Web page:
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A riot of fashion dazzled Paris on Tuesday. A giant lion towered over the catwalk at the Chanel haute couture show, with designer Karl Lagerfeld showing he was king of the fashion jungle. Giorgio Armani delivered a classical look, and Stephane Rolland looked to the ocean for fall-winter 2011. Now, let's take a look at the shows.
Born in August, Coco Chanel was a Leo. So it's only logical - according to the over-the-top rationale of the luxury giant she founded - that the label's spectacular fall-winter 2011 haute couture show be held beneath a mammoth golden lion.
The beast, created by set designers of the Paris opera, snarled overhead as the models emerged from a giant pearl the oversized paw was resting on.
|The Chanel Haute Couture Fall/Winter 2010-2011 show by German fashion designer Karl|
The label's reigning king, designer Karl Lagerfeld, sent out a regal collection of A-line dresses and sheaths fitted with cropped square-shaped jackets with half sleeves. Many of the looks, in rich reds, purples and chocolate browns, were entirely covered in sequins that glinted wildly under the flashes of hundreds of cameras.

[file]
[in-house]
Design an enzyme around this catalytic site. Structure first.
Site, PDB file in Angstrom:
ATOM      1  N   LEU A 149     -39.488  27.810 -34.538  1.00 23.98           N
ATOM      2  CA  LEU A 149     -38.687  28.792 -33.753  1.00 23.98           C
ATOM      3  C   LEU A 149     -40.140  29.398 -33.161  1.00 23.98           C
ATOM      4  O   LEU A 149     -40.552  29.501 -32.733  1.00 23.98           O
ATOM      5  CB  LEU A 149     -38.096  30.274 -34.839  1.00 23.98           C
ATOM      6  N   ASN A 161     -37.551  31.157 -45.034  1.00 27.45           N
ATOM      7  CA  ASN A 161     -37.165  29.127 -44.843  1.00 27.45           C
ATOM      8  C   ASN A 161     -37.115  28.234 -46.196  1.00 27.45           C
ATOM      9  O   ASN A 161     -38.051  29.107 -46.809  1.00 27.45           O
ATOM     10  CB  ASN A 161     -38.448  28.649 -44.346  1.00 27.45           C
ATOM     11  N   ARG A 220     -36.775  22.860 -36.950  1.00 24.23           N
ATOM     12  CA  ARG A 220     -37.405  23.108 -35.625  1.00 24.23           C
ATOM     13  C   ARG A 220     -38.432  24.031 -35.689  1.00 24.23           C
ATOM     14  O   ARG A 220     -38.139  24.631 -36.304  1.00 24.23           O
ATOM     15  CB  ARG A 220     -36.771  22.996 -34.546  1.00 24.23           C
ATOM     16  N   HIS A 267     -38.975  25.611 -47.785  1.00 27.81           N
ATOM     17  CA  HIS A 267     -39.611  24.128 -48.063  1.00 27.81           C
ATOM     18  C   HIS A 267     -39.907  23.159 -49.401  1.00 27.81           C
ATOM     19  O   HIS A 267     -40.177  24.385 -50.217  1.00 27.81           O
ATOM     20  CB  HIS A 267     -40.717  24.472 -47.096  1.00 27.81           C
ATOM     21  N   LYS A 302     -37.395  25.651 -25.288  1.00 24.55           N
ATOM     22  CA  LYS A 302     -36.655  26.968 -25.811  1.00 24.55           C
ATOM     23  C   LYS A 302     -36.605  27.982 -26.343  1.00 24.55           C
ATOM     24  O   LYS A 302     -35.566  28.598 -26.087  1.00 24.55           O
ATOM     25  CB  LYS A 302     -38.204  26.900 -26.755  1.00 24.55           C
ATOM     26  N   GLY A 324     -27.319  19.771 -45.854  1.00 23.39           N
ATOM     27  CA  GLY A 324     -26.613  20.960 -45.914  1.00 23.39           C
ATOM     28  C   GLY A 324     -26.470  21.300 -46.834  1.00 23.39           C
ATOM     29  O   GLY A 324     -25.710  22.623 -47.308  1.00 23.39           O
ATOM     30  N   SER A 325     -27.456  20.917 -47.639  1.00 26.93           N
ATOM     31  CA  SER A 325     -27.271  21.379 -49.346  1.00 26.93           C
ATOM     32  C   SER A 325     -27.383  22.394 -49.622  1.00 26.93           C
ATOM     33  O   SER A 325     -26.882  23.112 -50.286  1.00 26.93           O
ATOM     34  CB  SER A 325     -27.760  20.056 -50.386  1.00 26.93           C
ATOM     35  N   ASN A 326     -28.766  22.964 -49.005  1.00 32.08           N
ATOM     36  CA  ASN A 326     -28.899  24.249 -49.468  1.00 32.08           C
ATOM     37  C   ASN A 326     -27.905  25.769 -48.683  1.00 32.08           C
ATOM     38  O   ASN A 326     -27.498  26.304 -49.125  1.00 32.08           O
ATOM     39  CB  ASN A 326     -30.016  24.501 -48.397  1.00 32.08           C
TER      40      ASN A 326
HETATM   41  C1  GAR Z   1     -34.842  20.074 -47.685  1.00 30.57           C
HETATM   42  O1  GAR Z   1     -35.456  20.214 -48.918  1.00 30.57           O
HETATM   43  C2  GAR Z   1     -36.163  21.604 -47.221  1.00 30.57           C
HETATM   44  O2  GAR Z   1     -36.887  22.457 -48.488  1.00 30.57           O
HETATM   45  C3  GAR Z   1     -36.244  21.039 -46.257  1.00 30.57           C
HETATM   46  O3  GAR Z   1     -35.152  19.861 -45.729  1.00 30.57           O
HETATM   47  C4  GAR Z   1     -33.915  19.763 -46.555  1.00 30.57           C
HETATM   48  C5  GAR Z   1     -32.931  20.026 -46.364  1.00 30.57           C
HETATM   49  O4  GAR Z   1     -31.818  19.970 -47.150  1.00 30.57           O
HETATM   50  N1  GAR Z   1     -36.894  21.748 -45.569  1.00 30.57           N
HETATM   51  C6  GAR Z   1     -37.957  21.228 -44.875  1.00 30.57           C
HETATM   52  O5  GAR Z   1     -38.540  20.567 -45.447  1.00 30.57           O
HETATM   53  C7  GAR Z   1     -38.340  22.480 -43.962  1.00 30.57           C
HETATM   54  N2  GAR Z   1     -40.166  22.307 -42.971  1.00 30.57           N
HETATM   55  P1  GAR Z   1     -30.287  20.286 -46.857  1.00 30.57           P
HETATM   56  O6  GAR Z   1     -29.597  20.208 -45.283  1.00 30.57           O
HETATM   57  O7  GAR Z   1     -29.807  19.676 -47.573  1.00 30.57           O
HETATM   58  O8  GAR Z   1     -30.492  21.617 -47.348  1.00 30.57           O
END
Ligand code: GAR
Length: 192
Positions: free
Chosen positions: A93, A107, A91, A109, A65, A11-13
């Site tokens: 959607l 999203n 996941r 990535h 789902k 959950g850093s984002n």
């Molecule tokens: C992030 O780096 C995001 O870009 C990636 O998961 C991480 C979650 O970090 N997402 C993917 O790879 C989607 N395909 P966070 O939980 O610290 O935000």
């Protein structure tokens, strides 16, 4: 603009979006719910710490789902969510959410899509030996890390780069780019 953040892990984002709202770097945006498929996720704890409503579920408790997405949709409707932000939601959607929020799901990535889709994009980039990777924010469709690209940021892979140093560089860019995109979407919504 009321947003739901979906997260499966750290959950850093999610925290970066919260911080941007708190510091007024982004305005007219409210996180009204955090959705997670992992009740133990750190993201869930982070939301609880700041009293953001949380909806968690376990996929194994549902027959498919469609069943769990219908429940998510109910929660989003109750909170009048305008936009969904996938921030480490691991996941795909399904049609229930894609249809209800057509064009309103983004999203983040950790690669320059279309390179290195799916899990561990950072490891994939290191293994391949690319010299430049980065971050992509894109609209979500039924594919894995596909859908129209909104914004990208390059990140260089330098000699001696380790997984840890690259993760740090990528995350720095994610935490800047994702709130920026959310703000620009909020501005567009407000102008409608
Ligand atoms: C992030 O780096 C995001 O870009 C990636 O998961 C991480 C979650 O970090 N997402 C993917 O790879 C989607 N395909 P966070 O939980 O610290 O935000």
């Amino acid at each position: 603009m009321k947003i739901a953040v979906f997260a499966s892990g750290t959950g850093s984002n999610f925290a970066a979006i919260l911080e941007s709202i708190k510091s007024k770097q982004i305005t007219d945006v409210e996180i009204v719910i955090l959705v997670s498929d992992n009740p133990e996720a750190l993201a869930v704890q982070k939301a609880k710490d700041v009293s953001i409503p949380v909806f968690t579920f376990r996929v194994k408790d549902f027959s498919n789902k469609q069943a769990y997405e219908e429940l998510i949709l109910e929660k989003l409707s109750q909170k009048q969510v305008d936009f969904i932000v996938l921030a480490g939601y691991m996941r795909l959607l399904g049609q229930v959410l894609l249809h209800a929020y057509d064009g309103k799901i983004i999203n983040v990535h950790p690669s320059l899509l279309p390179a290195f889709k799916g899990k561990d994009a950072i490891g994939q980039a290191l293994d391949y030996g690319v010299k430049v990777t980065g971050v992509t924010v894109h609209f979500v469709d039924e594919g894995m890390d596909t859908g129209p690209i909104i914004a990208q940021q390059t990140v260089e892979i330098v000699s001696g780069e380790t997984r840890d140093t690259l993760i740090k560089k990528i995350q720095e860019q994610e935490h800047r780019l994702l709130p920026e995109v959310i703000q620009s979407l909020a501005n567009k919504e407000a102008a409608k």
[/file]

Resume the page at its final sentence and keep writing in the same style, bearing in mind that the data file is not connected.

Karl Lagerfeld said, "Yeah, because it makes the body very tiny, and it's better than a clinched waist, and it gives flexibility to it, because if you have something like this fixed in the waist you can't move. This is also about moving, about ease, about a modern approach to very expensive things."
The man who built an empire on his impeccable taste, Giorgio Armani, turned out even more refined elegance Tuesday, delivering a fall-winter 2011 collection of classic looks in a neutral palette.
An army of blondes in identical honey-colored wigs minced their way down the catwalk in pencil skirts and second-skin evening gowns so slim they constricted the models' gait.
Though less blingy than in seasons past, when it seemed that every conceivable surface was smothered in Swarovski crystals, the collection had just the right dose of sparkle.
Also on Tuesday, Stephane Rolland looked to the ocean for his collection of sculptural gowns in deep sea blue adorned by oblong appliques that evoked the smooth, wave-caressed shapes of beach stones.
Stephane Rolland said, "My collection is very oriented on sculpture, and when I saw the sculpture of Anish Kapoor, in Chicago, The cloud, the famous cloud gate, in metal reflecting the sky, with an urban - sorry my English - with an urban ambiance, I said this is exactly what I want for my show - my collection, not a show."
It was a pared-down collection for Rolland, who last season delivered dresses that bristled with mosaics of Plexiglass spikes, like a dinosaur's armor. Where that collection was all hard lines and edges, Tuesday's was about fluidity and liquidity.
Floor-length capes that were built into the long-sleeve sheath dresses fluttered like gently running water as the models walked. The train on a slate-colored evening gown jiggled like liquid mercury.